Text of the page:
Bill Reed, the gentle, kind, irascible, uncompromising curmudgeon who served as editor of The Highlands Voice from 1997 until 2002 (second longest tenure in Voice history) died on September 26, 2019, in Viola, Wisconsin. He was 93.
Bill was born and raised in Connecticut in a family with three older siblings, and attended public schools there. After high school he enlisted in the Navy and served in World War II. He graduated from Rutgers University in 1952 and in later years did graduate work at the University of South Carolina and Virginia Tech.
Most of his life he worked in various positions in education. His interests were hiking, camping, the natural world, and listening to music.
For twenty seven years he lived in a self-constructed home in the wilds of Raleigh County (.7 miles from the end of the hard road, with part of that last stretch doubling as the creek bed), growing his own food, chopping his own wood, and trying to have as little impact upon the land as he could manage. He had a couple of human neighbors and an abundance of assorted furred and feathered neighbors.
For some of this time, he worked as an environmental activist and served as the editor of The Highlands Voice for five years.
Most West Virginia Highlands Conservancy members will remember him as Voice editor. What many may not know is that, so far as production was concerned, he was the last of a breed. The Voice is now edited using desktop publishing software, the final product zipped off by email to the printer or for web posting. Bill (and those before him) did it the old fashioned way. He would lay out the Voice on Voice page size pieces of cardboard. He would print out the stories, snip them to fit, and paste them on the cardboard sheets. When it was all finished, he would drive the finished product to the printer. Visitors to his home would find physical “paste up” galley sheets in preparation for publication of The Highlands Voice seemingly anywhere there was a flat surface (tables, beds, even on a floor in one room).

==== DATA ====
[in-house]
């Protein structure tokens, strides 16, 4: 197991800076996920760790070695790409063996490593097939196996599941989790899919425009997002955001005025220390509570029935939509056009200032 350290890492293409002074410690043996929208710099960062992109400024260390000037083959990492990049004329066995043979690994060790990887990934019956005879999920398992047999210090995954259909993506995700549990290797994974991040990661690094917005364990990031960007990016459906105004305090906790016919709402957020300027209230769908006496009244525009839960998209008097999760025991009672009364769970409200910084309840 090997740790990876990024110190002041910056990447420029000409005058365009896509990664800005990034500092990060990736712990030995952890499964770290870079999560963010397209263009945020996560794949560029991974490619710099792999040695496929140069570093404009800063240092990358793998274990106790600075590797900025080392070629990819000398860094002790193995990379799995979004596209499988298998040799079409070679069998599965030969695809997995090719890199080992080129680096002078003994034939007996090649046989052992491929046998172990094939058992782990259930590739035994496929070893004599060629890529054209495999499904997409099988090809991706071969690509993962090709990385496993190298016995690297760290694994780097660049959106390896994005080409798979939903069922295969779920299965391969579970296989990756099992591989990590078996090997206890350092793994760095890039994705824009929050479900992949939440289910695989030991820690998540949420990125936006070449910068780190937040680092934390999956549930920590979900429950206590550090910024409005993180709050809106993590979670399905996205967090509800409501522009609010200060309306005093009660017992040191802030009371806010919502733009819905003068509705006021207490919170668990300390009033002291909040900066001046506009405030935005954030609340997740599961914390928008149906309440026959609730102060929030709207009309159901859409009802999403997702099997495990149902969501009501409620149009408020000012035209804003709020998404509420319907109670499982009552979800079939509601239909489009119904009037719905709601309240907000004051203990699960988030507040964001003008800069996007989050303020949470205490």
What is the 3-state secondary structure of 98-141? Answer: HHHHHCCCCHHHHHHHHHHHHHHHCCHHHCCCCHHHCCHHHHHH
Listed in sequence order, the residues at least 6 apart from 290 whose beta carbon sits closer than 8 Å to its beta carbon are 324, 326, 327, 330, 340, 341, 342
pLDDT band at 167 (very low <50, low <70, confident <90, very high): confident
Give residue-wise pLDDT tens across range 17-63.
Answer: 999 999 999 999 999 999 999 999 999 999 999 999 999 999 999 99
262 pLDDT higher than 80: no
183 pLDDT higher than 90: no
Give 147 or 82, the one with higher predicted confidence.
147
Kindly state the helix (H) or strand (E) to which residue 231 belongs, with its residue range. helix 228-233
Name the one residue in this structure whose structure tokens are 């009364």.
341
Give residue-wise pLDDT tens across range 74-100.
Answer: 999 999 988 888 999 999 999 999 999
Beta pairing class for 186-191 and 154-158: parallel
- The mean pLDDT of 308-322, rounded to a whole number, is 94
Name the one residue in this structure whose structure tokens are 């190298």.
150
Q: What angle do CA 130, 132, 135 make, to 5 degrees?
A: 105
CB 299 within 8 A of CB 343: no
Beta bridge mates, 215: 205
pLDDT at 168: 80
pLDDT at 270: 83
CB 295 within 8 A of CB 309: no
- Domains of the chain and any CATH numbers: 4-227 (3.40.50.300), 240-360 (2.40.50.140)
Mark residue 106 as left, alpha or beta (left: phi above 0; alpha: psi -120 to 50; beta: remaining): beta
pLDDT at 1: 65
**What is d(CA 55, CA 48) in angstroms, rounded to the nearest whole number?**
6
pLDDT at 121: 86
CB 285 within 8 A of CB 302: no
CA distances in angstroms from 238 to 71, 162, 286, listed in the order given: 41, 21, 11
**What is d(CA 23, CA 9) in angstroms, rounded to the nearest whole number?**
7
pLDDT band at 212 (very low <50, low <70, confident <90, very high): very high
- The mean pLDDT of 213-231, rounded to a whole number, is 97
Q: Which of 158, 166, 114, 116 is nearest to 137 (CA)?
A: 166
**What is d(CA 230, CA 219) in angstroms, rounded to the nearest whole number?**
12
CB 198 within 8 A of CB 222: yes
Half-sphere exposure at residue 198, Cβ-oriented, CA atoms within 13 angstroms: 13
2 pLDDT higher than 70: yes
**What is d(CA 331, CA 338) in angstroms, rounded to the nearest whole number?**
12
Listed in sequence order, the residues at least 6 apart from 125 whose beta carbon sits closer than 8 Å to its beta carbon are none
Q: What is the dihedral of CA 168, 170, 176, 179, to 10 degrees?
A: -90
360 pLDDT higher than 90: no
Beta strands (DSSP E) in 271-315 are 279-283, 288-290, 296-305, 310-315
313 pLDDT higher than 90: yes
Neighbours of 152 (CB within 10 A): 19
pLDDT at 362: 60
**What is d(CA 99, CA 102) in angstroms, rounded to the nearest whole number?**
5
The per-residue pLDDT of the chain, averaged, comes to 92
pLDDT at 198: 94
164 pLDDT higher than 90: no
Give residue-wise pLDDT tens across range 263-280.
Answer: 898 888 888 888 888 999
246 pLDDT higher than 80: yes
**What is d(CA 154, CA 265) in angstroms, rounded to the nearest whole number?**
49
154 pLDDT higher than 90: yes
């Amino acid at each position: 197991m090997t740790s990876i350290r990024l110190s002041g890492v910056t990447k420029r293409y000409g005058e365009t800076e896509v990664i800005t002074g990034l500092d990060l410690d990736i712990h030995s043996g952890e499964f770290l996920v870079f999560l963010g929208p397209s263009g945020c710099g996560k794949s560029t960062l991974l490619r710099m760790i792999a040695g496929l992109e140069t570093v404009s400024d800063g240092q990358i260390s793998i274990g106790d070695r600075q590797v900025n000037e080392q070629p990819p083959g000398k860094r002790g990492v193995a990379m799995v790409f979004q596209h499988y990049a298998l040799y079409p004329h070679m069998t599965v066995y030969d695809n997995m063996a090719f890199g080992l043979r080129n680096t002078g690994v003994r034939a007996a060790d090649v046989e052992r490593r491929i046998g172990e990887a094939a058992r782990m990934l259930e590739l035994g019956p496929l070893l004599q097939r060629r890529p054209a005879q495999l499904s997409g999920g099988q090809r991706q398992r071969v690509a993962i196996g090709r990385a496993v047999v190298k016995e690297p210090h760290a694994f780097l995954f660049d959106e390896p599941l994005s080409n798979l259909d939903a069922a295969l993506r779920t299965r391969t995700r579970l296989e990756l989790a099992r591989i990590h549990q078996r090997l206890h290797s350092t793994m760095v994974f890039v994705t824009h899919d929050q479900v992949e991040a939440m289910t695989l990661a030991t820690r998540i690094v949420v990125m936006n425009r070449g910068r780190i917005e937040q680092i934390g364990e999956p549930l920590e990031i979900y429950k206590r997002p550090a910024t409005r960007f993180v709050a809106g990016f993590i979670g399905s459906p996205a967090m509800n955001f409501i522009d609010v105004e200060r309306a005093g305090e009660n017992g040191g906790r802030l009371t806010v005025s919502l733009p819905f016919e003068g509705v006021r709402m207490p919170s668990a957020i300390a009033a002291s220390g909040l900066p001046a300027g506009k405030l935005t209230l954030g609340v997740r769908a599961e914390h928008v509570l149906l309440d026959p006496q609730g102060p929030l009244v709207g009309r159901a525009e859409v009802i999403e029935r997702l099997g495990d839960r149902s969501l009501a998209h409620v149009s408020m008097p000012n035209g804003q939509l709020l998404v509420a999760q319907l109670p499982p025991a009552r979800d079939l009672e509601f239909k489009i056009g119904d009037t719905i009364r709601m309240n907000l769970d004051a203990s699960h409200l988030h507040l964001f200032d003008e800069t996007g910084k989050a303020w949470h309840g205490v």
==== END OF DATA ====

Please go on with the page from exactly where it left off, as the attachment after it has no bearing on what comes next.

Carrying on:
Bill would describe himself as a “revolutionary” although not in any mean or violent way. He was just agitated by what he perceived as an unfair balance of economic and political power in the larger world around us. And he saw that unfair balance of power manifested, among other ways, in excessive and unnecessary assaults upon the natural world and its life support system we call the environment. To fix that would take a revolution; whether the revolution was spiritual, economic, and political or something else he never did say.
When Bill was living in Raleigh County, his approach to “land management” was always one of benign neglect. He cut what trees he needs for firewood; he kept clear enough ground for his home and garden. The rest he wanted to leave alone, allowing it to eventually reach the condition it was in two hundred years ago.
Bill took seriously his belief about the importance of living lightly on the Earth. He always drove a three cylinder Geo Metro (42 MPG). Bill was a big guy; it was always a sight to see him arrive at Board meetings and unfold himself out of that tiny car.
He leaves behind two daughters and their spouses—Susan Reed and Peter Schmidt and Kathy and Alan Andrews, as well as a granddaughter, Victoria Andrews.
He left instructions that his remains were to be donated to science.